New health care bill covers birth control
The Obama administration has agreed to include the payment for birth control or contraceptives in the new Affordable Care Act. After President Barack Obama signed the bill, government officials from the U.S. Department of Health and Human Services voted yes for the inclusion of contraceptives beginning Aug. 1.
As reported on colorlines.com, HHS secretary Kathleen Sebelius said in a statement last year, “The Affordable Care Act helps stop health problems before they start. These historic guidelines are based on science and existing literature and will help ensure women get the preventive health benefits they need.”
Though payment for birth control pills is an essential part of the plan, women will be able to receive a number of other services without insurance worries.
Guidelines also include the following: visits to the gynecologist, HPV testing, STD counseling, HIV testing and counseling and domestic violence screenings. Breast feeding support, supplies and counseling for pregnant women are included as well.
Jessica Vickery of the health education and promotion department spoke from the point of view of a health educator.
“Pregnancy is so expensive for insurance companies, as well as hospitals and doctors,” Vickery said. “By covering contraceptives, you’re kind of getting rid of this idea of unplanned pregnancies of people who are not going to be able to afford the costs that a pregnancy has over the course of that nine months.”
While some Catholics have publicly spoken against the inclusion of birth control in the Affordable Care Act, Democrats stand behind the president.
“I believe that the cost of contraceptives was included in the ACA because they are an integral part of preventing disease and ensuring the healthiness of the American people,” said Jamie Woodham, president of UA’s College Democrats. “Contraceptives are key in the fight against HIV and STDs and should therefore be included in the ACA. Furthermore, people deserve the right to choose when they wish to start a family, and contraceptives allow them to make that choice when they feel that they are ready.”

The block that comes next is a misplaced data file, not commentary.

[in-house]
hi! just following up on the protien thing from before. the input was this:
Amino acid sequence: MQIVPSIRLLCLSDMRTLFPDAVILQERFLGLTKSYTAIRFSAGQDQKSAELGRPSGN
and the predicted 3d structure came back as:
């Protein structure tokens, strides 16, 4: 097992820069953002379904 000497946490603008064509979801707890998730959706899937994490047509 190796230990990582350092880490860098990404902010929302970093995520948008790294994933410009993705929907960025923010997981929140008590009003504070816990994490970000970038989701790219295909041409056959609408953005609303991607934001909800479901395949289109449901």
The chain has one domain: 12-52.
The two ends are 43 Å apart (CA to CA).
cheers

Republicans take a different stand on the topic.
“As with most every decision made by the current administration, the decision to include contraceptives, including the morning-after pill, in Obamacare was a political one,” said Cliff Sims, president of College Republicans. “Rather than enacting responsible social policy, the administration focused on playing to their liberal base.”
It’s unclear what type of effects including birth control will have on society.
“By taking away the obligation for people to pay for contraceptives out of pocket, I believe that we will not only drive down our numbers in terms of HIV and STD rates but that we will also have far fewer unwanted pregnancies,” Woodham said. “The bottom line regarding this initiative is that the many positives – disease prevention, women's reproductive rights, etc. – far outweigh any potential negatives, most of which are rooted loosely in religious dogma and right-wing radicalism.”
“We're witnessing the deconstruction of the social fabric of our country,” Sims said. “Whether it's bailing out big banks, giving handouts to so-called ‘green’ companies, or dishing out morning-after pills to teenagers, our government is reinforcing the idea that it's OK to be irresponsible because you won't have to suffer the consequences of your decisions.”
All information on the Affordable Care Act can be found on the national website, healthcare.gov.